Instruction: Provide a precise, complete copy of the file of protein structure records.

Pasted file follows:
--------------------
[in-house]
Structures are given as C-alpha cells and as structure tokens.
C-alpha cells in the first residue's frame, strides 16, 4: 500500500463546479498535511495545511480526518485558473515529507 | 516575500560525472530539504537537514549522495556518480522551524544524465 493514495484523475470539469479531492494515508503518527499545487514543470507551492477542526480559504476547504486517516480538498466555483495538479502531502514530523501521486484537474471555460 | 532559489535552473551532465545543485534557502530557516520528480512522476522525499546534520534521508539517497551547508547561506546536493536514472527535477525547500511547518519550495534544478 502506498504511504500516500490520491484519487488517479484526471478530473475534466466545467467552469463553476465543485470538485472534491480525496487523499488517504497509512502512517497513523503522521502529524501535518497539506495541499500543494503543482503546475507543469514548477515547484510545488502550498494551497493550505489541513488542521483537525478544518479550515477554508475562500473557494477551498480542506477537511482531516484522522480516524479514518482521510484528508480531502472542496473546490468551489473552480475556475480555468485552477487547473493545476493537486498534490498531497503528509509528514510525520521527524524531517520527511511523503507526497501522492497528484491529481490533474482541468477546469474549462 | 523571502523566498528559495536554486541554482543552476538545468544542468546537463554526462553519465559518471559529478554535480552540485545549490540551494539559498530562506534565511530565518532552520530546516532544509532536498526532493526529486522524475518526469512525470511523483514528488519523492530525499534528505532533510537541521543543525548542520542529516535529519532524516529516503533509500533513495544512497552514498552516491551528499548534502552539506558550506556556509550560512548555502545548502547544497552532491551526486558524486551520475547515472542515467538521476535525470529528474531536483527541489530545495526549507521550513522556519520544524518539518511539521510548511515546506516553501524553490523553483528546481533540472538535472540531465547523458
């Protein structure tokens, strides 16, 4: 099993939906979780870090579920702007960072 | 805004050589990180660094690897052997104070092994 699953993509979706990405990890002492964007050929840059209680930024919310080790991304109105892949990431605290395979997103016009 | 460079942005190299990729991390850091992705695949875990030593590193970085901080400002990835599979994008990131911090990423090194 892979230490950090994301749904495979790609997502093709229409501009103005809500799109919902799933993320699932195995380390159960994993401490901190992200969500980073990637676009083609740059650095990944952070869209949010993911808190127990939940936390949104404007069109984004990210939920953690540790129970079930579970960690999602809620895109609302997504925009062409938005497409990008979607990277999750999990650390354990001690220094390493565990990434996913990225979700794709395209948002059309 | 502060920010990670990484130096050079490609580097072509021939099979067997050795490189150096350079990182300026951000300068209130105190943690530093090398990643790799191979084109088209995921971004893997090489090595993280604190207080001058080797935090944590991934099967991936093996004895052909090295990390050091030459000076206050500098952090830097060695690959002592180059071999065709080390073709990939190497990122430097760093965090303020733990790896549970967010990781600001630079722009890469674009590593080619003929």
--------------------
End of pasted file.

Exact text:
[in-house]
Structures are given as C-alpha cells and as structure tokens.
C-alpha cells in the first residue's frame, strides 16, 4: 500500500463546479498535511495545511480526518485558473515529507 | 516575500560525472530539504537537514549522495556518480522551524544524465 493514495484523475470539469479531492494515508503518527499545487514543470507551492477542526480559504476547504486517516480538498466555483495538479502531502514530523501521486484537474471555460 | 532559489535552473551532465545543485534557502530557516520528480512522476522525499546534520534521508539517497551547508547561506546536493536514472527535477525547500511547518519550495534544478 502506498504511504500516500490520491484519487488517479484526471478530473475534466466545467467552469463553476465543485470538485472534491480525496487523499488517504497509512502512517497513523503522521502529524501535518497539506495541499500543494503543482503546475507543469514548477515547484510545488502550498494551497493550505489541513488542521483537525478544518479550515477554508475562500473557494477551498480542506477537511482531516484522522480516524479514518482521510484528508480531502472542496473546490468551489473552480475556475480555468485552477487547473493545476493537486498534490498531497503528509509528514510525520521527524524531517520527511511523503507526497501522492497528484491529481490533474482541468477546469474549462 | 523571502523566498528559495536554486541554482543552476538545468544542468546537463554526462553519465559518471559529478554535480552540485545549490540551494539559498530562506534565511530565518532552520530546516532544509532536498526532493526529486522524475518526469512525470511523483514528488519523492530525499534528505532533510537541521543543525548542520542529516535529519532524516529516503533509500533513495544512497552514498552516491551528499548534502552539506558550506556556509550560512548555502545548502547544497552532491551526486558524486551520475547515472542515467538521476535525470529528474531536483527541489530545495526549507521550513522556519520544524518539518511539521510548511515546506516553501524553490523553483528546481533540472538535472540531465547523458
């Protein structure tokens, strides 16, 4: 099993939906979780870090579920702007960072 | 805004050589990180660094690897052997104070092994 699953993509979706990405990890002492964007050929840059209680930024919310080790991304109105892949990431605290395979997103016009 | 460079942005190299990729991390850091992705695949875990030593590193970085901080400002990835599979994008990131911090990423090194 892979230490950090994301749904495979790609997502093709229409501009103005809500799109919902799933993320699932195995380390159960994993401490901190992200969500980073990637676009083609740059650095990944952070869209949010993911808190127990939940936390949104404007069109984004990210939920953690540790129970079930579970960690999602809620895109609302997504925009062409938005497409990008979607990277999750999990650390354990001690220094390493565990990434996913990225979700794709395209948002059309 | 502060920010990670990484130096050079490609580097072509021939099979067997050795490189150096350079990182300026951000300068209130105190943690530093090398990643790799191979084109088209995921971004893997090489090595993280604190207080001058080797935090944590991934099967991936093996004895052909090295990390050091030459000076206050500098952090830097060695690959002592180059071999065709080390073709990939190497990122430097760093965090303020733990790896549970967010990781600001630079722009890469674009590593080619003929």